Conservation Breeding Manager

nigel.jarrett@wwt.org.uk

About me

I am a WWT-trained aviculturist and conservation breeding manager with 40 years’ experience. I have worked with more than 150 waterbird species in 17 countries. I am motivated to develop conservation breeding techniques to restore those animal and plant species which will be drivers for wider wetland conservation. I work with biologists whose fieldwork leads to effective species and ecosystem conservation action and zoo keepers and horticulturists whose practical skills can be used to boost the survival and the productivity of free-living populations of animal and plant species leading to species’ recovery and wetland conservation. Saving a species from extinction is not an end point for me - I aspire to restore species so they are ecologically functional across their range. I am inspired by the bravery of Rachael Carson, the vision of Peter Scott and the modus operandi of Carl Jones to save species in functioning ecosystems.

Work

Since 2009, I’ve been WWT’s Conservation Breeding Manager leading a small team to develop and apply conservation breeding techniques to species recovery projects. Our focus has been:

  1. To save the Critically Endangered Madagascar pochard from extinction by establishing a conservation breeding centre for the ducks in Madagascar, developing husbandry protocols to grow the population to more than 100 individuals and to design and undertake the ‘reintroduction’ in 2018.
  2. To develop and implement novel headstarting projects for the Critically Endangered spoon-billed sandpiper in Russia (2011-present day) and red-listed black-tailed godwit (2017- present day) and curlew (2019-present day) in England to ensure up to five-fold increases in annual recruitment of young birds to declining populations.
  3. To reintroduce common cranes to south-west England, 400 years after the species’ extinction by conducting all the avicultural activities of the Great Crane Project, including egg translocation from Germany to Slimbridge and all rearing stages, resulting in the release of 96 fledged cranes on the Somerset Levels and Moors.

Skills

  • Project management for bird reintroductions including:
    • producing justification, feasibility and disease risk assessments to inform project design;
    • identifying infrastructure, equipment and staffing requirements to inform budget;
    • obtaining funds;
    • managing contracts;
    • creating infrastructure and procuring equipment;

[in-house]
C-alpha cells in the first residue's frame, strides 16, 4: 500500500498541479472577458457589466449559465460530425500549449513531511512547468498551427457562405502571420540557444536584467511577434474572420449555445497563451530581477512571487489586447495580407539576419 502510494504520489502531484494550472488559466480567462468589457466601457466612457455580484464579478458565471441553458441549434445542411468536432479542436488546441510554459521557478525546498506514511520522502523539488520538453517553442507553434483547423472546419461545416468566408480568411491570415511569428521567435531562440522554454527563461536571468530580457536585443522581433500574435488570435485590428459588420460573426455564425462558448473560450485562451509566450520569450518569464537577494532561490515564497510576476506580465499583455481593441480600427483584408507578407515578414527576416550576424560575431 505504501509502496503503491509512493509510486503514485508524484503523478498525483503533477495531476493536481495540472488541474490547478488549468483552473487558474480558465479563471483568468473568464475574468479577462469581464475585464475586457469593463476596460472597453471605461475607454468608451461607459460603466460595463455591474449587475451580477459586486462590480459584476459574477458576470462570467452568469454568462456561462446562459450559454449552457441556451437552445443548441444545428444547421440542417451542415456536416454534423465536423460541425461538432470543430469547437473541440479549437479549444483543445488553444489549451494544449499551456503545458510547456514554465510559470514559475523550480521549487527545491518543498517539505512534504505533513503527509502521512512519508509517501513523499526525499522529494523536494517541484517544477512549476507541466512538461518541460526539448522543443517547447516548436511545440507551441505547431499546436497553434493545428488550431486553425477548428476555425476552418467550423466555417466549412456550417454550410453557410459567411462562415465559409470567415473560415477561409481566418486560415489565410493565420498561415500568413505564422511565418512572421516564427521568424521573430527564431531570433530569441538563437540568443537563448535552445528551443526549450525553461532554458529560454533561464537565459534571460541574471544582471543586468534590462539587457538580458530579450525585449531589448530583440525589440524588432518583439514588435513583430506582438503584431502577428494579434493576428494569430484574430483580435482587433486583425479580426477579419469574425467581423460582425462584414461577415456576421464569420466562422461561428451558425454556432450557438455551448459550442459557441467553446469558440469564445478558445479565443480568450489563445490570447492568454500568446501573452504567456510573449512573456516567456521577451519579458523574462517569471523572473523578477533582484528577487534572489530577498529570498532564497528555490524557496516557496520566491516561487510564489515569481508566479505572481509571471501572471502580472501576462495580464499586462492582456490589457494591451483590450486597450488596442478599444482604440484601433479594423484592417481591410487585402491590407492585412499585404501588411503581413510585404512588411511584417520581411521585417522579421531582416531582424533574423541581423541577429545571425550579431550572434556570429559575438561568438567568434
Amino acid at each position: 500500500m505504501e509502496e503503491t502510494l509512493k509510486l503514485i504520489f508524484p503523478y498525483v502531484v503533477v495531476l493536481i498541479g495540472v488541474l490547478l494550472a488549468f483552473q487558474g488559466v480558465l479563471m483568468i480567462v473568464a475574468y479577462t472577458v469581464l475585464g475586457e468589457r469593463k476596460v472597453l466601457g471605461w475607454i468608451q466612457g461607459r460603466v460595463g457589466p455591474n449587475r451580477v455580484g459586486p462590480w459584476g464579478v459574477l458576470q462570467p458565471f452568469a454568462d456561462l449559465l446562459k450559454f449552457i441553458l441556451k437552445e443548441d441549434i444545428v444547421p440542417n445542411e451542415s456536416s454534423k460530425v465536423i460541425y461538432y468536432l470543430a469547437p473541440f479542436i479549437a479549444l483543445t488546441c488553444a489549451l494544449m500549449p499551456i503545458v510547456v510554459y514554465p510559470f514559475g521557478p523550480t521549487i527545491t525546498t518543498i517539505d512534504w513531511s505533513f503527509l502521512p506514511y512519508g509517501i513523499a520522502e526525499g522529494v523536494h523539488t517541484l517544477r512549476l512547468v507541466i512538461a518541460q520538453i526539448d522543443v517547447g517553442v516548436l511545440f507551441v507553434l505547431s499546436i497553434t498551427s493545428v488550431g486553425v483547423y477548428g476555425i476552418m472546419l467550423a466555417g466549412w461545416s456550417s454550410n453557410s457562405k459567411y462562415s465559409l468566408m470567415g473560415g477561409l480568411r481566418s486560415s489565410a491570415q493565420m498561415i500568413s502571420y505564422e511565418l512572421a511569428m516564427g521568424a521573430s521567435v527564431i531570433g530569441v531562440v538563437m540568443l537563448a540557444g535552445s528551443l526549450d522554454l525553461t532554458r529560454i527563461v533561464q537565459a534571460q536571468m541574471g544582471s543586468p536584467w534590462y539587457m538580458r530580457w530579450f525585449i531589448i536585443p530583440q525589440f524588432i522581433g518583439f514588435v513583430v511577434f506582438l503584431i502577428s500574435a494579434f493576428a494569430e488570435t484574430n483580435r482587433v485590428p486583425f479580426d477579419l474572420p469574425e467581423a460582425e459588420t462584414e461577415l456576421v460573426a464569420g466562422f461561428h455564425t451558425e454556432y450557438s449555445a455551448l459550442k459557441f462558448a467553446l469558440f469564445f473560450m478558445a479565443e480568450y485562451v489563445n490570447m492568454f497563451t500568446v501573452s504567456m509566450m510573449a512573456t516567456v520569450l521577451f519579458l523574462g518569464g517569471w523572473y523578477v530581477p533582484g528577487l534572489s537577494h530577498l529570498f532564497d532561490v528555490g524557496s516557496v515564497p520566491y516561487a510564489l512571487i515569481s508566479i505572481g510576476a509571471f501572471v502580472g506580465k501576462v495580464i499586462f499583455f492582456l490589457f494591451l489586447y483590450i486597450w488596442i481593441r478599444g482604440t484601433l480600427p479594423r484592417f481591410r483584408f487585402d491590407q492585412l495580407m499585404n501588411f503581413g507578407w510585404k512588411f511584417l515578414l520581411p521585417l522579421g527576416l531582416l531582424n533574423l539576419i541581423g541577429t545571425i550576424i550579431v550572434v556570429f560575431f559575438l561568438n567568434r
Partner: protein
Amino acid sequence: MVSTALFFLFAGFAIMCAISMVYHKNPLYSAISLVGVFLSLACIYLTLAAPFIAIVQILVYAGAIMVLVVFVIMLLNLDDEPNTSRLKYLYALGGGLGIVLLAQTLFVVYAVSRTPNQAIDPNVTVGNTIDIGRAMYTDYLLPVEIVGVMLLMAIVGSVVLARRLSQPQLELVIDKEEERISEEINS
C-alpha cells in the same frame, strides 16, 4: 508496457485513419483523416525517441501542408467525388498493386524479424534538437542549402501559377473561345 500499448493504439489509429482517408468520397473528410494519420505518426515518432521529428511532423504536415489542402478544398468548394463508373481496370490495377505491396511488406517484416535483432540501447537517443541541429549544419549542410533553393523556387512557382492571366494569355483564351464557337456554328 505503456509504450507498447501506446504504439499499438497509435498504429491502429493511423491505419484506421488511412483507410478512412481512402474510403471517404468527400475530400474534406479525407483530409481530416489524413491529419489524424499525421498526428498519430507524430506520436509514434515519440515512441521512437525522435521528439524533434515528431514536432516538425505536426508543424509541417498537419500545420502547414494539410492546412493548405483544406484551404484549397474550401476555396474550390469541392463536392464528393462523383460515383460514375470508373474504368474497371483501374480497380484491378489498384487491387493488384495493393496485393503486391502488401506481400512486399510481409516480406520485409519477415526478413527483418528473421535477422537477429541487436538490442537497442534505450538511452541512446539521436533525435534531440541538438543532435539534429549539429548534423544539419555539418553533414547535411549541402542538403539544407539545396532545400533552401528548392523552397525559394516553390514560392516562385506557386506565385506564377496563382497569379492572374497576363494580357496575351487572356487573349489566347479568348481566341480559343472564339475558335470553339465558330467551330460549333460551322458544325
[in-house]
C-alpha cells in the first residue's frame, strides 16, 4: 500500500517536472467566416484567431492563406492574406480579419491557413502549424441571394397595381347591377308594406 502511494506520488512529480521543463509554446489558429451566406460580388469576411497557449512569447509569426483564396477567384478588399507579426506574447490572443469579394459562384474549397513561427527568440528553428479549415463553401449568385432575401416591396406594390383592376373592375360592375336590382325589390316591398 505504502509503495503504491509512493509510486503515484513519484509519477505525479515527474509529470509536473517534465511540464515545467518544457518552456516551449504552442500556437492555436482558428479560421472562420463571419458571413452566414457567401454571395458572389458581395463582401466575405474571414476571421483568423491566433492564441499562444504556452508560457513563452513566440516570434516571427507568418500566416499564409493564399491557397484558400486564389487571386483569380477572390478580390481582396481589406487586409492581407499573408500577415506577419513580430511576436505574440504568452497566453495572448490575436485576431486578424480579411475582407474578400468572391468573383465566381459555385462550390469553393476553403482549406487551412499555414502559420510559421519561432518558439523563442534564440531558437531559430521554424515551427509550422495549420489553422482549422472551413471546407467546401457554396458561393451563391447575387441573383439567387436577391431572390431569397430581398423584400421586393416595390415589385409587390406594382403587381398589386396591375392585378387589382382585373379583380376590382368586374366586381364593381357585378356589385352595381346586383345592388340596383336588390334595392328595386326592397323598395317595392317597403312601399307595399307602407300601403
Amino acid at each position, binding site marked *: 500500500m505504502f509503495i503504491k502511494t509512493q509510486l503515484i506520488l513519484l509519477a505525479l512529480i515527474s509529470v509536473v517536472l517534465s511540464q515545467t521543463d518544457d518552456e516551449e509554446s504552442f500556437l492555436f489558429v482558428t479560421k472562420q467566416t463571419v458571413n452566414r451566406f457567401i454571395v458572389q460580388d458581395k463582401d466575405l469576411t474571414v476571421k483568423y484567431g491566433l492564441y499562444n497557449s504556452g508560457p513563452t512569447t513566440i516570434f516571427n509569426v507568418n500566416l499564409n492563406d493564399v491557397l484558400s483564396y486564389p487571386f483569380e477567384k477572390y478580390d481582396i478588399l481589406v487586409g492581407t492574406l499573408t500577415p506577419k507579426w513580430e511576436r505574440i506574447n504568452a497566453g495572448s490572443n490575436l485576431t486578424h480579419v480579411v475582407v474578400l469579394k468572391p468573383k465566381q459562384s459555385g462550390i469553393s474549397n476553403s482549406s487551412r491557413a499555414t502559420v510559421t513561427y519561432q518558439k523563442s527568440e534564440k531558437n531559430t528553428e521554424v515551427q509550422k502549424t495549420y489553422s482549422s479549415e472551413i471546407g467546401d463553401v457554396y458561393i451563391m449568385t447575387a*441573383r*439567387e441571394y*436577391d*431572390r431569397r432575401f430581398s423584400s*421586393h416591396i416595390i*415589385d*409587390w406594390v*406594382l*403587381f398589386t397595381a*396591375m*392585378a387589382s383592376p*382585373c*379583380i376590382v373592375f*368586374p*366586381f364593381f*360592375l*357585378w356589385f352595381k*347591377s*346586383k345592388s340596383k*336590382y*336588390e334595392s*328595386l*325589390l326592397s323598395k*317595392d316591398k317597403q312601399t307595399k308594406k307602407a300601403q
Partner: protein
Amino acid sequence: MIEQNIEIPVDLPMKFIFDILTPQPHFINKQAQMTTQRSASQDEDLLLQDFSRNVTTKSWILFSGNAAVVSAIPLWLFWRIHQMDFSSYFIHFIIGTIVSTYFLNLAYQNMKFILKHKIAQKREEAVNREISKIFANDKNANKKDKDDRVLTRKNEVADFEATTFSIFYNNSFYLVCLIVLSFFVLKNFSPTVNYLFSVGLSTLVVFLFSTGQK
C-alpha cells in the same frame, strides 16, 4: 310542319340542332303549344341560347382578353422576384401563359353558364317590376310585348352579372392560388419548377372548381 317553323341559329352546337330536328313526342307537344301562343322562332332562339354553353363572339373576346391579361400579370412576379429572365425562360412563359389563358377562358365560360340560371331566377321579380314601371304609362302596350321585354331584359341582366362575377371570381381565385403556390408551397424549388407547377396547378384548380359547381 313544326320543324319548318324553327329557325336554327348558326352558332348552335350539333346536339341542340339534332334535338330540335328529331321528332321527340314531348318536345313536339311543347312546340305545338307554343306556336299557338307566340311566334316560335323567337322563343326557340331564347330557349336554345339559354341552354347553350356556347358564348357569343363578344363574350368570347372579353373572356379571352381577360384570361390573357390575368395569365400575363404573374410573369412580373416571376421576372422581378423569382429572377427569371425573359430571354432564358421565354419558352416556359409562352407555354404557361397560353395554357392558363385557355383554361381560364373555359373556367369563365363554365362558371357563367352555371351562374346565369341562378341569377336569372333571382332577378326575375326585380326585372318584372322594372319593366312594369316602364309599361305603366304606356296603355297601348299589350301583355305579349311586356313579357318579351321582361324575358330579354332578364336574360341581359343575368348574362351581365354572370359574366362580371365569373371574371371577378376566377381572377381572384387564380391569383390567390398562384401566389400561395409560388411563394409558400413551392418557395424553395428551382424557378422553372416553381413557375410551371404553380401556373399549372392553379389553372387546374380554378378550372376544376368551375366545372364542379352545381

• recruiting and managing staff;
    • implementing the project; and
    • reporting.
  • Managing operational aspects of zoo collections including training staff and improving performance.
  • Field aviculture – how and when to parachute ‘appropriate feathery-fingered’ know-how into remote places to improve productivity of threatened bird species.
  • Familiarity with basic principles of carpentry, plumbing, building, ground-works, fencing
  • Thinking out the pond, i.e. seeing how things not designed for species conservation might be used in species conservation; for example, when might a fish cage be used as a floating aviary?

Publications

D.C. Deeming and N.S. Jarrett (2015). Applications of incubation science to aviculture and conservation in: Nests, Eggs, and Incubation. Edited by D. C. Deeming & S. J. Reynolds (2015). Oxford University Press, 196-207.

Martin, G.R., Jarrett, N. & M. Williams (2007) Visual fields in Blue Ducks Hymenolaimus malacorhynchos and Pink-eared Ducks Malacorhynchus membranaceus: visual and tactile foraging. Ibis, 149: 112-120

Batty, M., Jarrett, N.S., Forbes, N., Wright, L., Brown, M.J. Standley, S., Richardson, A.E, Oliver, S., Ireland B., Chalmers, K.P. & I. Fraser. (2006). Hand-rearing Greater Flamingos Phoenicopterus ruber roseus for translocation from WWT Slimbridge (UK) to Auckland Zoo (New Zealand). International Zoo Yearbook 40 (1): 261-270.

Jarrett, N.S., Mason, V., Wright, L. & V. Levassor (2003). Using egg density and egg mass techniques for incubation stage assessment to predict hatch dates of Greater Flamingo Phoenicopterus ruber roseus eggs. Wildfowl 55: 131-142

Kristiansen, J.N. & Jarrett, N.S. 2002. Inter-specific competition between Greenland White-fronted Geese Anser albifrons flavirostris and Canada Geese Branta canadensis interior moulting in West Greenland: mechanisms and consequences. Ardea: 90: 1-13.